Very valuable insights from the perspective of a leading and effective participant into the highly significant, popular movements of the past half century, their successes and failures, the lessons to be learned, the prospects for the future.
Working families in America face foreclosures and joblessness unparalleled since the Great Depression. This crisis has been compounded by a feeble response from the government and the rise of an angry right. How did this happen? How should Progressives respond? What lessons might the past hold? Learning From the Sixties offers some insightful and hard-won answers.
John Maher came of age in the 1960s . . .
and has been in the thick of things ever since: as an organizer, a factory worker, a school teacher, and an educator. In Learning from the Sixties, he traces his progress from a privileged background in Houston, Texas, to volunteering as an anti-war activist, to becoming a leader of the New Left. Along the way he amassed a 2,000-page FBI file and a place on the FBI’s list of the top forty leaders of “the opposition.”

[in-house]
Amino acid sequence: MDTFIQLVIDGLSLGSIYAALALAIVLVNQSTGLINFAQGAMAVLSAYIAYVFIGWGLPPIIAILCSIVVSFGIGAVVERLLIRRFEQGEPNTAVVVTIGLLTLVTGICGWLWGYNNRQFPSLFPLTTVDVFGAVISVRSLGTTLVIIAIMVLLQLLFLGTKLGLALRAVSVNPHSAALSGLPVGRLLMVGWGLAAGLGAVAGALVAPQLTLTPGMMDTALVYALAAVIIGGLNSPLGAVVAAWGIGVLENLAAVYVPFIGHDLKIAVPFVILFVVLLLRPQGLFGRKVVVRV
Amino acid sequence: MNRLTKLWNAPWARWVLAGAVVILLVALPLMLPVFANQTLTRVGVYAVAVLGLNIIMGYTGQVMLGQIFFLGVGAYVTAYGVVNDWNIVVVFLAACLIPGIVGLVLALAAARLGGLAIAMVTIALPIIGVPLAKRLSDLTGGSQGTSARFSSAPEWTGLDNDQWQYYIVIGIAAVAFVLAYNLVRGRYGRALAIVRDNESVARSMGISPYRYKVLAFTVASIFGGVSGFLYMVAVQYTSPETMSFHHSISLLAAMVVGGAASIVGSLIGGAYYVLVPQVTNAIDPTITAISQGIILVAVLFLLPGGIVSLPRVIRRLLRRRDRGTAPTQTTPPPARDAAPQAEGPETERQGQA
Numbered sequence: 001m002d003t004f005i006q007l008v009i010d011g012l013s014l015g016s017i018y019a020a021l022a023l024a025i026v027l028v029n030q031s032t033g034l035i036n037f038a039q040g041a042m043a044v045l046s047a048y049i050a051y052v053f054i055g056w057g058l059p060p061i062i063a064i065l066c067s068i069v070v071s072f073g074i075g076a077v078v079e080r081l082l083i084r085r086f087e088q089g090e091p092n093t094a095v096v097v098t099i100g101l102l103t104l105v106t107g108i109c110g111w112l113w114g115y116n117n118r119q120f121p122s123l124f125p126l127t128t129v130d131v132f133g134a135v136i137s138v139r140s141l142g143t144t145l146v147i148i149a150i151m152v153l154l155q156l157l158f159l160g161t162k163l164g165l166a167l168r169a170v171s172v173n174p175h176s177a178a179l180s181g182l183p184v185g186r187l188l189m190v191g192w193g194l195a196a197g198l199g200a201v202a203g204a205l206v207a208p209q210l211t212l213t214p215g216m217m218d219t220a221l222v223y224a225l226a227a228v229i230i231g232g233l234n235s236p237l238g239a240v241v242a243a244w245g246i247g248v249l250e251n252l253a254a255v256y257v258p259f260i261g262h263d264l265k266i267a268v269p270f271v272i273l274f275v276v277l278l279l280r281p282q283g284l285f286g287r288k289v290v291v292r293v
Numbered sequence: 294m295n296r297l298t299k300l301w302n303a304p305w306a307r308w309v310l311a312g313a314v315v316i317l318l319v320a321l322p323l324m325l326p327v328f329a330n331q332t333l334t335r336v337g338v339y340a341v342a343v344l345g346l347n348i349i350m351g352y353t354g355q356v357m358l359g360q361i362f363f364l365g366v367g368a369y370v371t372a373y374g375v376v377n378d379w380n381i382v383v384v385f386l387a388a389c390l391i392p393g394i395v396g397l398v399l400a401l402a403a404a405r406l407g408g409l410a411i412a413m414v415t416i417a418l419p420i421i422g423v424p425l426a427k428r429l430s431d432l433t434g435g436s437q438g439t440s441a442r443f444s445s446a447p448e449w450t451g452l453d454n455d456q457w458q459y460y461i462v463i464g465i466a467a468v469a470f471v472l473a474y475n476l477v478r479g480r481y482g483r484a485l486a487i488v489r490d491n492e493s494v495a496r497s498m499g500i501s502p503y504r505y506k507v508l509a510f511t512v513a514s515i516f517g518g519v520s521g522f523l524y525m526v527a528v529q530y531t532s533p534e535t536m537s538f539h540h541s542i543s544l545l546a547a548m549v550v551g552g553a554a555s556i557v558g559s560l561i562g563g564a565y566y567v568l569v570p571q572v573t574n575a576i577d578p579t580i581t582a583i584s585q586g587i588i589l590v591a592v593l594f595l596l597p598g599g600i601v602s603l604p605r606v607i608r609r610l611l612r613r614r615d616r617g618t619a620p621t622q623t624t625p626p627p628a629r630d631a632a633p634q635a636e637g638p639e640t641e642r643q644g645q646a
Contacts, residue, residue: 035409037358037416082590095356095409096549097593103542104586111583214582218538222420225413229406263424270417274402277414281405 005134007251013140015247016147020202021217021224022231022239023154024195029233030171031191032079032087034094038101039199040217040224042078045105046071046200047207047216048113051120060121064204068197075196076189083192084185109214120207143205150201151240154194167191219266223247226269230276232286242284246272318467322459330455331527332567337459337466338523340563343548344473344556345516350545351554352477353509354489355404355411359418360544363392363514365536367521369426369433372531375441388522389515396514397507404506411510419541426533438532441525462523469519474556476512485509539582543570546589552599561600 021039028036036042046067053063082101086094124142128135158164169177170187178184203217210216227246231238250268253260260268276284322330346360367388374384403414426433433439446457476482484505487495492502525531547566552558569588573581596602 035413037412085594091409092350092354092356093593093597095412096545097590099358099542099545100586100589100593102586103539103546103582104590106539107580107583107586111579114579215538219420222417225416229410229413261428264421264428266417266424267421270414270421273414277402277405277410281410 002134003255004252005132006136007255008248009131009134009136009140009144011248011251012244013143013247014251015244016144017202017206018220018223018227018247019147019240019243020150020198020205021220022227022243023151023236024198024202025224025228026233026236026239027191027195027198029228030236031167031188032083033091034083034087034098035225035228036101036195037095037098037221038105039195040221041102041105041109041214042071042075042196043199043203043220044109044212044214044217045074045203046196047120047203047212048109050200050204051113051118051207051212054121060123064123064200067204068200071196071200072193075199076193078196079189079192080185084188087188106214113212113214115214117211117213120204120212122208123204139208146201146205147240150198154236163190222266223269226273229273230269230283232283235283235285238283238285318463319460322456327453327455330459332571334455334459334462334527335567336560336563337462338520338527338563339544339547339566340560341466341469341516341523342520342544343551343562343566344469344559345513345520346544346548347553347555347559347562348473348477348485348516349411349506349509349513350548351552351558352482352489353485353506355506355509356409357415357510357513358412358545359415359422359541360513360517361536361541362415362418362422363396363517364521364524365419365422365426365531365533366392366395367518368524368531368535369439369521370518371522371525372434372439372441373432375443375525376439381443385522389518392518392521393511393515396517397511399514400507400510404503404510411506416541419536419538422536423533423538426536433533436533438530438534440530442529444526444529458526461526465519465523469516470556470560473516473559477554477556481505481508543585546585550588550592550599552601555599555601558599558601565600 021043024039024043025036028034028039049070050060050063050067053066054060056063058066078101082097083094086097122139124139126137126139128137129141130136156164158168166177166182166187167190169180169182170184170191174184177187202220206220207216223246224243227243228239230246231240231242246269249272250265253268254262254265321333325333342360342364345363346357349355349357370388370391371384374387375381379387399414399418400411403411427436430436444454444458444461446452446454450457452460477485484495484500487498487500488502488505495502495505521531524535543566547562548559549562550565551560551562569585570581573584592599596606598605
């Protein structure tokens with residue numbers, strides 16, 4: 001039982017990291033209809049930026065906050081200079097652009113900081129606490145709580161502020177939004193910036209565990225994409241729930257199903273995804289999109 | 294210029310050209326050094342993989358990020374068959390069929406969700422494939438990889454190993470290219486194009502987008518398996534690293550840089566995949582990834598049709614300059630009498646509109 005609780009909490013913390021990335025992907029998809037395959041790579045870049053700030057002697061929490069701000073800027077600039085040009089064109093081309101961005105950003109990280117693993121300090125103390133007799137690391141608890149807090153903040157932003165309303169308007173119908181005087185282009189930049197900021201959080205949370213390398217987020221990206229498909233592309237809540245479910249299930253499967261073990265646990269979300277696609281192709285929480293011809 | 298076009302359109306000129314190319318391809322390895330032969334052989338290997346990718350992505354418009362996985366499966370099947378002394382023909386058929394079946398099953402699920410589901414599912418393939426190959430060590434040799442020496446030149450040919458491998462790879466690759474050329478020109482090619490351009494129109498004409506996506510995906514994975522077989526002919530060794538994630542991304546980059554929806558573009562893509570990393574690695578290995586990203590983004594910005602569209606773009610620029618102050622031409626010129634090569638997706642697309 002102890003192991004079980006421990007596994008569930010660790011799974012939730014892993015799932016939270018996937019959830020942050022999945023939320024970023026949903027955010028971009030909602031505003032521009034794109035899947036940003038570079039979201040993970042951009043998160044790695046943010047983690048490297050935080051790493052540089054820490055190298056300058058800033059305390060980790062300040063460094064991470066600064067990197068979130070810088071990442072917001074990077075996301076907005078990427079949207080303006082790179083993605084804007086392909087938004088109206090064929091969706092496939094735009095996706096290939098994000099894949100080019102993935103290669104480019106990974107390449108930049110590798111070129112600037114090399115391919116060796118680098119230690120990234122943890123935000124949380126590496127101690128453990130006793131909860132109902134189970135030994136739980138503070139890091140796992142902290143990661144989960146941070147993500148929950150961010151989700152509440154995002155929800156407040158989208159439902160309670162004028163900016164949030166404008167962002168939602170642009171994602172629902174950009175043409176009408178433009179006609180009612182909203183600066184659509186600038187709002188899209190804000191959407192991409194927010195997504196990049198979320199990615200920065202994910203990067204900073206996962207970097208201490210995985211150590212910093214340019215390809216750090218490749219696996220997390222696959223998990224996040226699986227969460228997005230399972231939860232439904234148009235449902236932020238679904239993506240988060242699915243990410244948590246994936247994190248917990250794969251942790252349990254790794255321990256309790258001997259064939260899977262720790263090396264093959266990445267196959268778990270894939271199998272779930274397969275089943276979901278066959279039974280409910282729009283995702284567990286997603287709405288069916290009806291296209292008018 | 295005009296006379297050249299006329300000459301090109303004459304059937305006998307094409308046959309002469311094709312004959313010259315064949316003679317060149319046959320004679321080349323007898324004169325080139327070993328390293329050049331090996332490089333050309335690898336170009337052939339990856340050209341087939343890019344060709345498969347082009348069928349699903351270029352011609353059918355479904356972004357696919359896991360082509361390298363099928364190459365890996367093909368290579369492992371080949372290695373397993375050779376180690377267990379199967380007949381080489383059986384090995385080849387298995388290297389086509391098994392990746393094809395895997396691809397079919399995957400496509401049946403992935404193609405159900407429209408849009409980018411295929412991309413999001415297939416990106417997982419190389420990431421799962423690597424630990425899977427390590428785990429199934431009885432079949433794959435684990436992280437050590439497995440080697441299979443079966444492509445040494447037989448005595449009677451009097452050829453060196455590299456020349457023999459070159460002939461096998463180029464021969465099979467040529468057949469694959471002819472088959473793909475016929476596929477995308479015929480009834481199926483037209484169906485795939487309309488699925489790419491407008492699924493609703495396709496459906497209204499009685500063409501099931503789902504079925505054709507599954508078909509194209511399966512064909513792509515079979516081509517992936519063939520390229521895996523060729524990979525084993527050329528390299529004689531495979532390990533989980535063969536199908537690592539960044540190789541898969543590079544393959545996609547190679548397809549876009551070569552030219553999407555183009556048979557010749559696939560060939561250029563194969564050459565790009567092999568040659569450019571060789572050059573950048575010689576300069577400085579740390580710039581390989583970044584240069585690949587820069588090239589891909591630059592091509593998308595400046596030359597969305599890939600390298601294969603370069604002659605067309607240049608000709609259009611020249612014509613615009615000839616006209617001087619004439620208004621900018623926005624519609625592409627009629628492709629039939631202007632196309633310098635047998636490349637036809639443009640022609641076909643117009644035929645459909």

Maher gives us an honest and clear–eyed perspective on what truly happened at many of the events marking that decade of tumult—from Vietnam Summer to the streets of Chicago after the murder of Martin Luther King Jr., to the demonstrations at the 1968 Democratic National Convention, and beyond. Later, based on those formative organizing experiences, Maher helped build Neighbor to Neighbor, a working–class–led organization that continues to have a major impact on Massachusetts politics. Says Jim McGovern, U.S. congressman from Worcester, Massachusetts, “It is a great example of what needs to be done around the country, now more than ever.”